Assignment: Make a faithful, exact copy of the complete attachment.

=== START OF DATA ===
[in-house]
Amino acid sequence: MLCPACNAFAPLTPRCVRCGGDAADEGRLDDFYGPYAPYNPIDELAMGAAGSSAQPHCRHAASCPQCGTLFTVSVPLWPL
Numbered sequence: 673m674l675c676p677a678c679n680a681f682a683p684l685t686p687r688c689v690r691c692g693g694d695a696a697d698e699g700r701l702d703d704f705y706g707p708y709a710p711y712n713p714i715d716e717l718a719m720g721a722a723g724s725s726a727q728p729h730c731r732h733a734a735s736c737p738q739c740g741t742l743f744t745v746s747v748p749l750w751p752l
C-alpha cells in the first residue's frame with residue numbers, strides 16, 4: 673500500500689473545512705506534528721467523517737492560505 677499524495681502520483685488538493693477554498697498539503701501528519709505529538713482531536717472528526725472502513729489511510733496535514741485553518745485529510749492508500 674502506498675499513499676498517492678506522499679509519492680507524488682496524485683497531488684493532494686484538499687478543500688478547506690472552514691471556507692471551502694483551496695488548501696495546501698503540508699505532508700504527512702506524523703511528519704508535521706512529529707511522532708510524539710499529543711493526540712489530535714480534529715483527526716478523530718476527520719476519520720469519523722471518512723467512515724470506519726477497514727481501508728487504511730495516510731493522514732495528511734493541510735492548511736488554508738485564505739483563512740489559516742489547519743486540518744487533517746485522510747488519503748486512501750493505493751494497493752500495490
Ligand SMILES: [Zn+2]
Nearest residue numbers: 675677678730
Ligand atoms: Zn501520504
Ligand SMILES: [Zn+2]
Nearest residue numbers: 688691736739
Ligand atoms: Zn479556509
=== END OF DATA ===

[in-house]
Amino acid sequence: MLCPACNAFAPLTPRCVRCGGDAADEGRLDDFYGPYAPYNPIDELAMGAAGSSAQPHCRHAASCPQCGTLFTVSVPLWPL
Numbered sequence: 673m674l675c676p677a678c679n680a681f682a683p684l685t686p687r688c689v690r691c692g693g694d695a696a697d698e699g700r701l702d703d704f705y706g707p708y709a710p711y712n713p714i715d716e717l718a719m720g721a722a723g724s725s726a727q728p729h730c731r732h733a734a735s736c737p738q739c740g741t742l743f744t745v746s747v748p749l750w751p752l
C-alpha cells in the first residue's frame with residue numbers, strides 16, 4: 673500500500689473545512705506534528721467523517737492560505 677499524495681502520483685488538493693477554498697498539503701501528519709505529538713482531536717472528526725472502513729489511510733496535514741485553518745485529510749492508500 674502506498675499513499676498517492678506522499679509519492680507524488682496524485683497531488684493532494686484538499687478543500688478547506690472552514691471556507692471551502694483551496695488548501696495546501698503540508699505532508700504527512702506524523703511528519704508535521706512529529707511522532708510524539710499529543711493526540712489530535714480534529715483527526716478523530718476527520719476519520720469519523722471518512723467512515724470506519726477497514727481501508728487504511730495516510731493522514732495528511734493541510735492548511736488554508738485564505739483563512740489559516742489547519743486540518744487533517746485522510747488519503748486512501750493505493751494497493752500495490
Ligand SMILES: [Zn+2]
Nearest residue numbers: 675677678730
Ligand atoms: Zn501520504
Ligand SMILES: [Zn+2]
Nearest residue numbers: 688691736739
Ligand atoms: Zn479556509